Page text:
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Memory Hierarchy

Memory Hierarchy

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Published by: Isuru Kasthurirathne on Oct 05, 2010
Copyright:Attribution Non-commercial


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ASSIGNMENT 2(1) What is meant by the term “Memory Hierarchy”? What is the rationale forhaving a memory hierarchy?
Simply ahierarchicalarrangement of storagein currentcomputer architecturesis called the memory hierarchy. The objective of having a memory hierarchy is to havea memory system with a sufficient capacity and which is cheap as the cheapestmemory type and as fast as the fastest memory type. In principle, for a simple single processor machine, the memory architecture is quite simple, the memory is connectedto the memory address lines and the memory data lines and to a set of control lines.So that whenever an address is presented to the memory the data corresponding to thataddress appears on the data lines. This is adequate for processors which can address arelatively small address space In general, the faster a memory is in general the moreexpensive it is per bit of storage.On systems which have a large amount of memory, there is usually a hierarchy of memories, each with different access speeds and storage capacities. Typically, a largesystem has a small amount of very high speed memory, called a cache where datafrom frequently used memory locations may be temporarily stored. This cache isconnected to a much larger ``main memory'' which is a medium speed memory,currently likely to be ``dynamic memory''. Cache memory access times are typically10 to 20 times faster than main memory access times. (In some very large computer systems, the main memory is organized into two or more ``banks'', each of whichcontains adjacent memory words which can be addressed individually andsimultaneously. A memory organized in this way is called an ``interleaved'' memory.)The largest block of ``memory'' in a modern computer system is usually one or morelarge magnetic disks, on which data is stored in fixed size blocks of from 256 to 8192 bytes. This disk memory is usually connected directly to the main memory, and has avariable access time depending on how far the disk head must move to reach theappropriate track, and how much the disk must rotate to reach the appropriate sector for the data. Some very large systems have multiple head disks which can read fromseveral tracks at once.
(2) Write short notes on the following terms related to memory and storage.i. Latency
Latency is the period of time that one component in a system is spinning its wheelswaiting for another component. Latency, therefore, is wasted time. For example, inaccessing data on adisk,latency is defined as the time it takes to position the proper sector under theread /write head.
ii. Memory Controller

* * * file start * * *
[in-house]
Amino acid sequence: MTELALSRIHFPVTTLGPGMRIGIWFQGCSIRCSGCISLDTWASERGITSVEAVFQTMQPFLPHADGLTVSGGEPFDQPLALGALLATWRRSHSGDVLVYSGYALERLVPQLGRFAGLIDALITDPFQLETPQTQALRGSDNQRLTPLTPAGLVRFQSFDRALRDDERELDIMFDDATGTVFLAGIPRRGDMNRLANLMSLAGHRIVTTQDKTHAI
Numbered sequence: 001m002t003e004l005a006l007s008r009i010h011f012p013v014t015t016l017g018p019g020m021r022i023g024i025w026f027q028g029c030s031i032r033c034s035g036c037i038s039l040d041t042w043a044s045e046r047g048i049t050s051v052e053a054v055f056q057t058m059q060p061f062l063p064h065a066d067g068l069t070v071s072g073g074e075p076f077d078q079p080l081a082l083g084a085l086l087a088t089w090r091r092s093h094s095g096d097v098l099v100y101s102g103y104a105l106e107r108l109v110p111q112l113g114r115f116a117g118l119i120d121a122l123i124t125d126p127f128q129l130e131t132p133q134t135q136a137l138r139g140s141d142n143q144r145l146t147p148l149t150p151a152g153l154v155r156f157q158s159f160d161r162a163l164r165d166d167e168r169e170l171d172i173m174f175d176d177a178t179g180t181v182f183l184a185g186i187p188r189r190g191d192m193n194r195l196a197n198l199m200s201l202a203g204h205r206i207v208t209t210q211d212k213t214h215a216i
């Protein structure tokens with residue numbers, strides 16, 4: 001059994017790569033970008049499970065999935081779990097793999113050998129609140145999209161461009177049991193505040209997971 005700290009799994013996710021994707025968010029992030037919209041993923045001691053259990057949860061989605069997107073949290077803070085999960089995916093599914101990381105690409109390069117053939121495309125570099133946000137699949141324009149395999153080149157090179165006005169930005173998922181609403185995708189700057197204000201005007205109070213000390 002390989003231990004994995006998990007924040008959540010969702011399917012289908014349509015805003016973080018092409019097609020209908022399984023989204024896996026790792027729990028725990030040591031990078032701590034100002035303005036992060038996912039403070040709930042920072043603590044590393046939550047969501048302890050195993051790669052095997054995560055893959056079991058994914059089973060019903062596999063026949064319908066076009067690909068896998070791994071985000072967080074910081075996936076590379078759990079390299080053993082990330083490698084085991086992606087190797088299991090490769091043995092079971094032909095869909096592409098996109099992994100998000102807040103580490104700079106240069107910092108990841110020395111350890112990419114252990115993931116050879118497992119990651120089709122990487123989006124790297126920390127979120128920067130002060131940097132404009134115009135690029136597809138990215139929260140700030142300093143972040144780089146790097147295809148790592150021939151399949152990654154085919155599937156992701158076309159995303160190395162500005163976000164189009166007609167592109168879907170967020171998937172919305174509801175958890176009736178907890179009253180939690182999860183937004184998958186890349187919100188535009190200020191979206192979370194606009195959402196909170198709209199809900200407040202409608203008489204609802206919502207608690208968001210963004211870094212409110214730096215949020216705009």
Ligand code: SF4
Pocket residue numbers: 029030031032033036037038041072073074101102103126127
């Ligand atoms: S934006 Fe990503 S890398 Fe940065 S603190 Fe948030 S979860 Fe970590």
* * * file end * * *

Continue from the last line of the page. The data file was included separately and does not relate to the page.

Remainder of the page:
The memory
controller is a digital circuit which manages the flow of data going toand from themain memory.It can be a separate as on thedieof amicroprocessor . Memory controllers contain the logic necessary to read and writedynamic randomaccess memory(DRAM), and to "refresh" the DRAM by sending current through theentire device. Without constant refreshes, DRAM will lose the data written to it as thecapacitorsleak their chargewithin a fraction of a second
iii. Memory Bus
The memory bus is made up of two parts: the data bus and the address bus. When people just make reference to "the memory bus" they are usually referring to the data bus, which carries actual memory data within the PC. The address bus is used toselect the memory address that the data will come from or go to on a read or write.Simply the memory bus is the set of wires that is used to carry memory addresses anddata to and from the system RAM
iv. Little-endian
Little-endian is a term that describes the order in which a sequence of  bytes are storedin computer memory. Little-endian is an order in which the "little end" (leastsignificant value in the sequence) is stored first.
v. Virtual Memory
Virtual Memory is an imaginarymemoryareasupportedby someoperating systems) in conjunction with thehardware.
The purpose of virtual memory is to enlarge theaddress space, the set of addresses a program can utilize
(3) Define the major characteristics of the following memory technologies.i. Random Access Memory (RAM)
Short for Random Access Memory, RAM, also known as main memory or systemmemory, is a term commonly used to describe the memory within a computer.Today,it takes the form of integrated circuitsthat allow storeddatato be accessed in any order.
ii. Magnetic Disks
A magnetic disk is a memory device, such as a floppy disk, a hard disk, or aremovable cartridge, that is covered with a magnetic coating on which digitalinformation is stored in the form of microscopically small, magnetized needles.
iii. Tape Drive
A tape drive is a device that stores computer data on magnetictape,especially for  backupandarchiving purposes. Drives can be rewinding, where the device issues a rewind command at the end of a session, or non-rewinding. Rewinding devices aremost commonly used when a tape is to be unmounted at the end of a session after  batchprocessing of large amounts of data.
iv. Registers
Registers are temporary memory units that storewords. The registers are located inthe processor, instead of inRAM,so data can be accessed and stored faster. Processor registers are at the top of thememory hierarchy, and provide the fastest way for aCPUto access data. There are several types of CPU registers such as ProgramCounter (PC), Instruction Register (IR), Accumulator (A), Flag Register (F), GeneralPurpose Register (GPR).

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